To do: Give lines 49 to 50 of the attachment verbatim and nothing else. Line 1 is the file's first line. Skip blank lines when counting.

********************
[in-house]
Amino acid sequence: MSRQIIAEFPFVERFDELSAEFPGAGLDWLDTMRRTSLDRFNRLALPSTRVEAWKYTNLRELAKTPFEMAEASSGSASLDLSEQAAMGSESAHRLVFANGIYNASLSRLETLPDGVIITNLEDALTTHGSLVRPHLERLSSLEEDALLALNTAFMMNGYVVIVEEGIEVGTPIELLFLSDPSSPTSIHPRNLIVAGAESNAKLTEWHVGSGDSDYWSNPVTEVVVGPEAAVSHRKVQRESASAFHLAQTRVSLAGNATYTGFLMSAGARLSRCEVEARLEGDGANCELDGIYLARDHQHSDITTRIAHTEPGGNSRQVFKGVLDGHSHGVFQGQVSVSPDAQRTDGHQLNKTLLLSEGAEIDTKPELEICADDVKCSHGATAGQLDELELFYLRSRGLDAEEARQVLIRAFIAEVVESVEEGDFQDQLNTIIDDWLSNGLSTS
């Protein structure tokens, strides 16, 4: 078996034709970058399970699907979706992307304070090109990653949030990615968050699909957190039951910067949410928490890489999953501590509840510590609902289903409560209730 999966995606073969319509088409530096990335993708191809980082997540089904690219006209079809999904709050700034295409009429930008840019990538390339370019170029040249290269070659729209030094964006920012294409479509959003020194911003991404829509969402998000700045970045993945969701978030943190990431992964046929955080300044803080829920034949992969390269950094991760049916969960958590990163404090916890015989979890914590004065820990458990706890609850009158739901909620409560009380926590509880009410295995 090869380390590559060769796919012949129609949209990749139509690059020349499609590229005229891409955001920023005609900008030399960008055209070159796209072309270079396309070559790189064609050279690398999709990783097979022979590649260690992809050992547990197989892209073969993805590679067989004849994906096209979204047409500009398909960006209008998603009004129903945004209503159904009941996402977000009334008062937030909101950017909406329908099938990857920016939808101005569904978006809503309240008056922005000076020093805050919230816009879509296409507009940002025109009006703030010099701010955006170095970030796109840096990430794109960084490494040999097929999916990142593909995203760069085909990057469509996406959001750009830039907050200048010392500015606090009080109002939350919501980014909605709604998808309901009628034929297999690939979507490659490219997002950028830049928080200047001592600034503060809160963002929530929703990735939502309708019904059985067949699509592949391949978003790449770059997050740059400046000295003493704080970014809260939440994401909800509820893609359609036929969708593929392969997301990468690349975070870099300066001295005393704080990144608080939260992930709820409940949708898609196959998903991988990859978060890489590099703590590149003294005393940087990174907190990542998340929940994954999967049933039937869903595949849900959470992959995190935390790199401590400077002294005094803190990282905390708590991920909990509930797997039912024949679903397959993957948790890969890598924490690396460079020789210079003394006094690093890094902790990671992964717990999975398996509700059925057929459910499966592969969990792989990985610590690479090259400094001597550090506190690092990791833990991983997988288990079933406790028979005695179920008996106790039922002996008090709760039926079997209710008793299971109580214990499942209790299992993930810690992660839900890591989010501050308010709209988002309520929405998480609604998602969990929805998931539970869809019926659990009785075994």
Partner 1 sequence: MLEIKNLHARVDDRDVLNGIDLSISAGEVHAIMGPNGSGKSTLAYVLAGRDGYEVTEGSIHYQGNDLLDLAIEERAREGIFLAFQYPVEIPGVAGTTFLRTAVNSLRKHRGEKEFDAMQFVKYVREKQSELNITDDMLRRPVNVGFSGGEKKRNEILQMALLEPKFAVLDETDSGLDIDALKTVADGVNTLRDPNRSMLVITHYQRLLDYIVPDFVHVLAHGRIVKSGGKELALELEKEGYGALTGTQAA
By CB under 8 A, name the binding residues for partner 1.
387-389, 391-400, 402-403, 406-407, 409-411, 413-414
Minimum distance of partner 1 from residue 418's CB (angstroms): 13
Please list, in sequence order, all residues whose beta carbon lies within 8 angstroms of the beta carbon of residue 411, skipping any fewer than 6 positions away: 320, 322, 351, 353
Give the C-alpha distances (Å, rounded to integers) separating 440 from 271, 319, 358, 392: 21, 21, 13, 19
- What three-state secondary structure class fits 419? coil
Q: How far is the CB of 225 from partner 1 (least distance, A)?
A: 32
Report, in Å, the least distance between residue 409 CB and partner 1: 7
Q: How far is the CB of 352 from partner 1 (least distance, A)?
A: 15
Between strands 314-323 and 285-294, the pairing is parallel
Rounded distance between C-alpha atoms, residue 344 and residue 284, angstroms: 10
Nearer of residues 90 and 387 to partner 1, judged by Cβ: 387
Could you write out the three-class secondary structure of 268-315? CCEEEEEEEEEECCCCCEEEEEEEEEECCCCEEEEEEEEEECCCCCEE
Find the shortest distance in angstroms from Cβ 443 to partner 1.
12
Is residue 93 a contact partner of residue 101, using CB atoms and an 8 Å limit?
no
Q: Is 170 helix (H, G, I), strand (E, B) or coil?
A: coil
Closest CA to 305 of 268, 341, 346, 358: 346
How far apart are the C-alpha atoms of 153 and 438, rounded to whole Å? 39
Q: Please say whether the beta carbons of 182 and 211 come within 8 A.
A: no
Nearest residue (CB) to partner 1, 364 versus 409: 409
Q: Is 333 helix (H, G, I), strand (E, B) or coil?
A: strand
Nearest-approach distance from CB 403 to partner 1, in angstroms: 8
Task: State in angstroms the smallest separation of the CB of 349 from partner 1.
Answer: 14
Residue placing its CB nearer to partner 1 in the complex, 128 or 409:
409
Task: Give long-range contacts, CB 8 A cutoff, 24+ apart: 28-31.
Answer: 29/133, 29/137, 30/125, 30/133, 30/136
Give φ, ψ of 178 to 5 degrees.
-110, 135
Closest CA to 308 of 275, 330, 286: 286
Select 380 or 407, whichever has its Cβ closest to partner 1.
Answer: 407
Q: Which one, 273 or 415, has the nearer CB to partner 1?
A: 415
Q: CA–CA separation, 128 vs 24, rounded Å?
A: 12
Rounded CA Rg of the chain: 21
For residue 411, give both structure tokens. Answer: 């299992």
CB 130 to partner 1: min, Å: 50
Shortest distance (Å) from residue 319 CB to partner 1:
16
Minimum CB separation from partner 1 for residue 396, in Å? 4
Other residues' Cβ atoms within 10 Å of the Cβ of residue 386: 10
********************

Rounded CA Rg of the chain: 21
For residue 411, give both structure tokens. Answer: 């299992």